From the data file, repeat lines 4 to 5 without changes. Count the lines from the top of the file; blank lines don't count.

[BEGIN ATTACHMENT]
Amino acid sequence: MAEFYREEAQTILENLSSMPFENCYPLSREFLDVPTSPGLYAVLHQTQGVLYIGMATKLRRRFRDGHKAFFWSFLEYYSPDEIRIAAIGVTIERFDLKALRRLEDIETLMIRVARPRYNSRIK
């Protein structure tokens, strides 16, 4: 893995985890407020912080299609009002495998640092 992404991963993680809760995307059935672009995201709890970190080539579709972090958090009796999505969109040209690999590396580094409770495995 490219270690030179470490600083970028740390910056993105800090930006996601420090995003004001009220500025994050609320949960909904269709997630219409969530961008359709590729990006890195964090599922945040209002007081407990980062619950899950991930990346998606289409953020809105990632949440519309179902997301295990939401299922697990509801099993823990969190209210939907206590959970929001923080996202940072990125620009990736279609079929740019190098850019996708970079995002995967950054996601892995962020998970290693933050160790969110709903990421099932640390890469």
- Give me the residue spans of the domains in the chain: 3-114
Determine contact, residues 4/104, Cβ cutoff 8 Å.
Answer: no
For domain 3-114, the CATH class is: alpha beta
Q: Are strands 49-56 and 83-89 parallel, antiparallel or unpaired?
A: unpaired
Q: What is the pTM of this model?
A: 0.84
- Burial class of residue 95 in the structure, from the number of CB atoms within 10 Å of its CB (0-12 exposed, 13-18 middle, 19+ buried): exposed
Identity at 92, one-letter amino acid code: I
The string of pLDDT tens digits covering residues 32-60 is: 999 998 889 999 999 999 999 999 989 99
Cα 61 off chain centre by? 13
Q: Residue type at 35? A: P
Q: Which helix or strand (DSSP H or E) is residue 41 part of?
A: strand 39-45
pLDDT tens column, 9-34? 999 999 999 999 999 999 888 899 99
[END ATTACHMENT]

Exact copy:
Determine contact, residues 4/104, Cβ cutoff 8 Å.
Answer: no